Tam Dean Burn burning up the miles to tell stories

Burn is in great physical shape and keen to read to as many children as possible on his journey. Picture: Donald MacLeod

Burn is in great physical shape and keen to read to as many children as possible on his journey. Picture: Donald MacLeod

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Tam Dean Burn is fit for the challenge of reading all 195 Julia Donaldson tales as he cycles round Scotland, he tells Kelly Apter

In a few days’ time, actor Tam Dean Burn will embark on an epic journey around Scotland, cycling through towns and cities to deliver all 195 of Julia Donaldson’s stories, songs and plays to children and young people.

But when I call Burn at the pre-arranged time to ask about his venture, I’m told he’s out running. “Shouldn’t you be out cycling?” I enquire, on his return. “Well,” he says, “I found an outdoor gym in the park with a cycling bit, and that’s what distracted me.”

Fair enough; building up to such a mammoth task is an important part of the process. Yet at the age of 55, Burn is, he tells me, “in very good nick – I’m probably the fittest I’ve ever been in my life, which is incredible”.

Burn’s physical shape is due in part to running, cycling and spinning classes he’s been attending. But it’s also down to the effort required to keep up with a toddler – Burn’s three-year-old daughter, Morgan, who, in her own small way, also influenced his decision to take on the challenge.

“Reading stories has become part of my life because of Morgan,” he says. “And I remember reading to my son, who is now 27, and sending him homemade audio books that I would record when I was away working.”

Although a marked departure from Burn’s usual theatrical and TV output, both cycling and storytelling have featured in his career of late. The National Theatre of Scotland’s Last Polar Bear toured the country on bicycles, while his expressive tones were heard on a London radio station reading the entire works of William Blake, and have lulled many an audiobook listener into a state of fear through the works of Irvine Welsh.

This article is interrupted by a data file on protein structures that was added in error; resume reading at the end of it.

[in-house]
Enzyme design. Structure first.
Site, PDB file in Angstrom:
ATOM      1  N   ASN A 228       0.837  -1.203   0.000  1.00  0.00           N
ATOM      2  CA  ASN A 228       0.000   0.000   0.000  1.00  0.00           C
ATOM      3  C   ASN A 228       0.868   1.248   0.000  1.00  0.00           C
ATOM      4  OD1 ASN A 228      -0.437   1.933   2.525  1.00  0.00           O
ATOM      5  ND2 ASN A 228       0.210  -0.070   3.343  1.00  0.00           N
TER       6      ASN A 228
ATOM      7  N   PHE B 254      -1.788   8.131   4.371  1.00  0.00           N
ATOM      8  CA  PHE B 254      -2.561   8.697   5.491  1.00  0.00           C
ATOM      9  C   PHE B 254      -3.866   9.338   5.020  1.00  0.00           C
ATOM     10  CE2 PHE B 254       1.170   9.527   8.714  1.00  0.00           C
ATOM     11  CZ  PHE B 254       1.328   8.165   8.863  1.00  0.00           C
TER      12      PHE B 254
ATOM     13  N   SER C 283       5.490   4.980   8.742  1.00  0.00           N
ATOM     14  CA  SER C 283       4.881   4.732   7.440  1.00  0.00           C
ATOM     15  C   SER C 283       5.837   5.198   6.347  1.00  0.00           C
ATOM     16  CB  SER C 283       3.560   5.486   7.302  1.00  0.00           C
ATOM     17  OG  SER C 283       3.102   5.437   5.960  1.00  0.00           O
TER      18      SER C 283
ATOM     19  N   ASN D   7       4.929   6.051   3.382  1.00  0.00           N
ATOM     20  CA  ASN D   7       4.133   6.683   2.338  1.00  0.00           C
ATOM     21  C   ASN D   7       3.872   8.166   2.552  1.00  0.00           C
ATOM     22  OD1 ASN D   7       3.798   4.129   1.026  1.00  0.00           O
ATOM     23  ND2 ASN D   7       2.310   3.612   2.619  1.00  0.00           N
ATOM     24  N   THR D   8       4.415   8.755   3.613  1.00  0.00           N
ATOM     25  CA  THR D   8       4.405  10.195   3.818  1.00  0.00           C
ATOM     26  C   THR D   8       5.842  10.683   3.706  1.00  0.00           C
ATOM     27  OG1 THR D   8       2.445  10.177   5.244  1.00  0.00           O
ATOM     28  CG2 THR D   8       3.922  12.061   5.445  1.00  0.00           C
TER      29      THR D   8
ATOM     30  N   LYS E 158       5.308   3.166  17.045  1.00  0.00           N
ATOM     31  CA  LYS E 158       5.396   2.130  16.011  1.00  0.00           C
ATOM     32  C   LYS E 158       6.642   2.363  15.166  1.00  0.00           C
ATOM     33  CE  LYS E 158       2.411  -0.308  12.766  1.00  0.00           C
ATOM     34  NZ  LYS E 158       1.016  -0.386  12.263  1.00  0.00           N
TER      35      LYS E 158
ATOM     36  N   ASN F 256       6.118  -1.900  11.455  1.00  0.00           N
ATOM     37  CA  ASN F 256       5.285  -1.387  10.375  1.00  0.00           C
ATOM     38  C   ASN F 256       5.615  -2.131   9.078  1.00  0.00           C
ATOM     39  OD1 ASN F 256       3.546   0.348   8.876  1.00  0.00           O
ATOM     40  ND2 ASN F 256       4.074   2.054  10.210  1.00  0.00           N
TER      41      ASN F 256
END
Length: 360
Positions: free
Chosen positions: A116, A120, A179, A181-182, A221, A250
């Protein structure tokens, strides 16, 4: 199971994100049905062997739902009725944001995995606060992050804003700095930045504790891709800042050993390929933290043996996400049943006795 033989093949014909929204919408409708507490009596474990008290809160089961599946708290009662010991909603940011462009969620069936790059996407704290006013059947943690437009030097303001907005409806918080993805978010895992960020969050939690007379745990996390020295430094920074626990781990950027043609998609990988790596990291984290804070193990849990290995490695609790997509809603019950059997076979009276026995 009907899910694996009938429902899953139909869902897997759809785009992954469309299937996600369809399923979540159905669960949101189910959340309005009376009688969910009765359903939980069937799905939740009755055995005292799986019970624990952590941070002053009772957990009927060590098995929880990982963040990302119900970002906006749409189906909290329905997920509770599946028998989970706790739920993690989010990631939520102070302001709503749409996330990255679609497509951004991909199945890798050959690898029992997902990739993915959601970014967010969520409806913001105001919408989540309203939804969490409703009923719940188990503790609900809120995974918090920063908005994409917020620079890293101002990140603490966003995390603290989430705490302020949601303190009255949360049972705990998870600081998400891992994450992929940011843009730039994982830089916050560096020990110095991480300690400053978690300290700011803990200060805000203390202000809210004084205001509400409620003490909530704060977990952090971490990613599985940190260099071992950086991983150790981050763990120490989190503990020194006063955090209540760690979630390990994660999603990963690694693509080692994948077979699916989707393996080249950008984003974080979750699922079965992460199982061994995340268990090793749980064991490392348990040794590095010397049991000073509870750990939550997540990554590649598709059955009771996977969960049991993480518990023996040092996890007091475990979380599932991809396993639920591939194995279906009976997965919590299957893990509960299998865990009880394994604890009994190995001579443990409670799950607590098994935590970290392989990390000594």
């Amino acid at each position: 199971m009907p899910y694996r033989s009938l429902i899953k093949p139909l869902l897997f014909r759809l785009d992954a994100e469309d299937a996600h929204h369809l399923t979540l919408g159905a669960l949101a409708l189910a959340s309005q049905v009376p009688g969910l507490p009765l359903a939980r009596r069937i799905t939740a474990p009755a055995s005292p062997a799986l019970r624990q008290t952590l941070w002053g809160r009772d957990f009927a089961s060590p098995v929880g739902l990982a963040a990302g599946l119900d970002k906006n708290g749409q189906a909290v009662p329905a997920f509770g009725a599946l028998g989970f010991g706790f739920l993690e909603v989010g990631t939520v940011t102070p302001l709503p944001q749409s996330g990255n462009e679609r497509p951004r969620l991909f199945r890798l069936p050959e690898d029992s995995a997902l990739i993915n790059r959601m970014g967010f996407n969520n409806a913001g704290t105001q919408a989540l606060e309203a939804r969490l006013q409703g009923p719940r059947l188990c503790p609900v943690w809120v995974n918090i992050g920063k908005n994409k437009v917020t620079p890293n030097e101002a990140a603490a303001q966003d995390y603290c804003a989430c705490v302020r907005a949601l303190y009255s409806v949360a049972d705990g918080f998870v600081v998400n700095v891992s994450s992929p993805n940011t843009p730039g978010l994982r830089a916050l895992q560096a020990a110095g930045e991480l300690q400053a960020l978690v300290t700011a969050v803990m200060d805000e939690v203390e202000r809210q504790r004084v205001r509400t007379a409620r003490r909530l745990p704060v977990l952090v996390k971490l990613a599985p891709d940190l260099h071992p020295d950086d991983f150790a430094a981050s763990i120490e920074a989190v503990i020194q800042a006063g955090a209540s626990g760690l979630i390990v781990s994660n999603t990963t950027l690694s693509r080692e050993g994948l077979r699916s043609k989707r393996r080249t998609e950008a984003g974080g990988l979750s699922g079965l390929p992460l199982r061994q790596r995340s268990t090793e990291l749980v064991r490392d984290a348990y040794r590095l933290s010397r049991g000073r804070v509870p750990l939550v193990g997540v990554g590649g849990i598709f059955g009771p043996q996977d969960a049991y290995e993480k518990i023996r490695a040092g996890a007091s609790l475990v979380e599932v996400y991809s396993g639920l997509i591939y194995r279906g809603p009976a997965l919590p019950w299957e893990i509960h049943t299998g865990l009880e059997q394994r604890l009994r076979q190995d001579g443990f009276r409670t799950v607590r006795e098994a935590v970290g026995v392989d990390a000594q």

There are few comparisons to be drawn between Trainspotting and The Gruffalo, however, prompting Burn to worry about how little ones might receive him. “I was a bit concerned that other children, beyond Morgan, might be a bit scared of me,” he laughs. “But it’s quite nice that I’ve got a slight edge, and I do tend to be able to get them to sit nicely and listen to me without any scolding.”

You only have to hear the warmth in his voice when he talks about taking stories to deprived areas to know that this is a true labour of love. “It definitely brings out the best in me,” he says. “I really do love it – just seeing the effect these types of stories have on children.”

Burn’s ability to hold the attention of a crowd of youngsters has been honed at the Children’s Wood in Glasgow’s West End – an area of community ground currently threatened with development. Donaldson, too, has been supportive of the Wood’s campaign, and it was there Burn discovered the enormity of the author’s back catalogue.

Loved by children across the world, Glasgow-based Donaldson is best known for her popular storybooks, The Gruffalo, Stick Man, Room on the Broom and several other best-selling titles. But she has also written phonic books to help children read; songs, plays and novels for teenagers, which Burn hopes to read to young people in hospital, en route.

Some of Donaldson’s books have made it on to the stage in full-scale productions, so to avoid treading on any toes, Burn can only do a straightforward reading of the books, without any staging. However, he will be accompanied by Del Amitri’s Andy Alston on accordion and flautist Emma Schad (Tam’s partner and mother to Morgan).

“I had to be careful on that score,” says Burn. “The agreement with the companies that tour Julia’s work is that I can’t theatricalise it. So that keeps it nice and simple, and by and large, they’ll be fairly intimate readings. I’m keen to do as many outdoor as possible – because that’s what I’m used to at the Children’s Wood, and it works so well.”

Burn’s journey around Scotland will follow the route of the Queen’s Baton Relay, stopping off at schools, village halls, shopping centres, parks, libraries and many more locations yet to be confirmed. The fact that all the sessions are free means they can pitch up just about anywhere and deliver a story.

But like the baton itself, which is being carried by runners in some places, languishing in the back of a van the rest of the time, Burn will also rely on motorised transport.

“I gave myself a slight get-out clause,” he says. “We’ll have a camper van, and Andy will join us in his car. I’ll be cycling as much as I can, but there will be big distances we’ll have to cover in the camper van.”

As for getting through all 195 of Donaldson’s works, well, that’s a well-intentioned hope, rather than a cast-iron guarantee. “It’s all an endeavour and it’s all a challenge,” says Burn. “If I don’t quite succeed, there you go. But I’ll do my best.”

• Tam Dean Burn’s Marathon Storytelling Cycle Challenge begins at the Children’s Wood, Glasgow, 13 June; Craigmillar Library and Princes Street Gardens, Edinburgh, 14 June, and many more venues. See www.booksonabike.com for daily updates.

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